#1
So, i went to my first classical guitar lesson today. he said that if i go to music college there are two things you study. Either Classical or jazz. now i don't mind either ( my main style is like rock/metal progressive stuff, typical electric guitar stuff)

So im kind of like uhh idk which one i want to study. What i hope to do with my future in music is play live most nights and teach guitar all day. now i don't want to be famous or any of that BS i just want to play music every night.

The music i probably most want to play is like progressive metal/rock kind of stuff. I also wanted to know that if say i go with classical. will i be totally constricted to classical and it won't help me at all with my electric stuff and i will be torn between the two. or will they both kind of mesh because metal's kind of like classically influenced i guess.

And if i got this all wrong and im totally wrong about the two paths at music college please clue me in!
#2
either will help you a great deal. Classical will improve your technique (its not all technique though), Jazz will improve your theoretical knowledge. Either will make you a better sightreader and musician in general.
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#3
well progressive has both classical and jazz influence (depends on the band) so go with whatever you like, but to me jazz is more improv and less melody and classical is more melody and less improv, but that's just from what i have heard

from what i have heard by people that have gone to music school is that jazz is easier if you can't read sheet music, which is required for classical
#4
I'm taking jazz at my university and I'm in the same boat as you when it comes to music style. The theory can relate to all types of music so I highly recommend you take jazz also. Classical will sure as hell make your technique a lot better (on a classical guitar).

from what i have heard by people that have gone to music school is that jazz is easier if you can't read sheet music, which is required for classical


You will learn to sightread in jazz also. Actually, my teachers say the non music-literate guitar players usually become better sight readers than the other jazz students.
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Last edited by bean-o at Sep 10, 2008,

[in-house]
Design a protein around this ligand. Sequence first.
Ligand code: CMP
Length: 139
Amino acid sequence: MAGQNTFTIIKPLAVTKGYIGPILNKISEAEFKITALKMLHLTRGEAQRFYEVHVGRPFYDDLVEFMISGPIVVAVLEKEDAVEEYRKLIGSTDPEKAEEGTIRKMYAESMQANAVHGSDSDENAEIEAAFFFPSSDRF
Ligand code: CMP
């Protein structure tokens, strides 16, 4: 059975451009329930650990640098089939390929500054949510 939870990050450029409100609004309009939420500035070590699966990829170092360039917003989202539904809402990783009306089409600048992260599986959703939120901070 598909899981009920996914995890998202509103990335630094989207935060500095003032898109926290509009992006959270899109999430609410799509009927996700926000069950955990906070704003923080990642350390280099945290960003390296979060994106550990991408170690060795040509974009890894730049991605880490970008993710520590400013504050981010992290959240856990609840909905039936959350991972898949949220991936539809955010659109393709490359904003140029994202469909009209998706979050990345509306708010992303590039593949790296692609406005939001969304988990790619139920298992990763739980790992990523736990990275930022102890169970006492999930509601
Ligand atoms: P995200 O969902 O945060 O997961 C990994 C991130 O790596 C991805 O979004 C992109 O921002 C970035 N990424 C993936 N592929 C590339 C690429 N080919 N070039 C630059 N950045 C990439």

#5
Ya so the technique for the classic guitar you don't think will translate over in anyway to Electric? Like i bet if you played classical guitar you could write better metal compositions because of your classical training?

Im only a junior so i got like 2 years till im in college so i think i could be efficient at sight reading by them so thats not a major problem.

But just because i go classical in college doesn't mean i have to only play classical guitar, like i can still write metal stuff and probably play in a rock/metal band. Do all the famous guitarists in metal band go classical?
#6
You can study contemporary music at many universities. You need to be a good jazz or classical player to get into a decent school these days and there is a lot of tough competition out there. You also should really enjoy jazz and especially listening to it because if you don't then it is really not a good use of your time. I don't know where you live, but at SUNY Purchase, a school with a top jazz program that I visited, I talked to someone with a guitar and he was in the recording section of the music program and he could really play what ever music he wanted to while also learning about recording and music tech. Maybe you could look into that.
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#7
Classical doesn't involve very little improvisation. Classical involves no improvisation. Jazz, on the other hand, is almost entirely improvised in the professional arena, but school bands are a lot larger than most of today's pro jazz acts, and so involve a lot of reading by necessity. Either one will improve your technique.

Classical guitars are much harder to play than electrics, which does give you more versatility by being able to play different kinds of guitars. It'll be really good at enhancing your sight reading, finger dexterity (lots of weird chords in classical music), and phrasing. Plus, it's a lot easier to learn how to hybrid pick if you can already play fingerstyle and with a plectrum.

But there are some things you can do on an electric that you can't do on a nylon string (bends!) and classical guitar is played fingerstyle, so you're picking technique may become neglected. Also, jazz will greatly improve your ability to improvise in a variety of keys and scales. Also, because of improvisation, composition and playing become intertwined in jazz whereas in classical they are generally discussed separately (different courses). Because it's more modern, you'll find jazz more frequently applies to what's happening in today's popular music world than classical (although neither are commonly used).

However, most schools allow you to take courses in both disciplines, even if you're focusing on one or the other.
#8
Jazz is usually the more polyvalent of the two. Over here, certainly.
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#9
Well, I'm in my second year of taking classical guitar at a private school and in my experience the classical guitar will greatly improve your left hand technique but your right hand picking technique will drop pretty quickly if you've don't make an effort to keep it up. The classical guitar is a nice instument to play, but the more advanced peices can be extremely frustrating at times. What I've found to be the most beneficial here are the other music degree classes like aural skills and theory classes, guitar ensemble classes, class piano etc. What will improve the most isn't your technique, although it will, but your musicianship skills.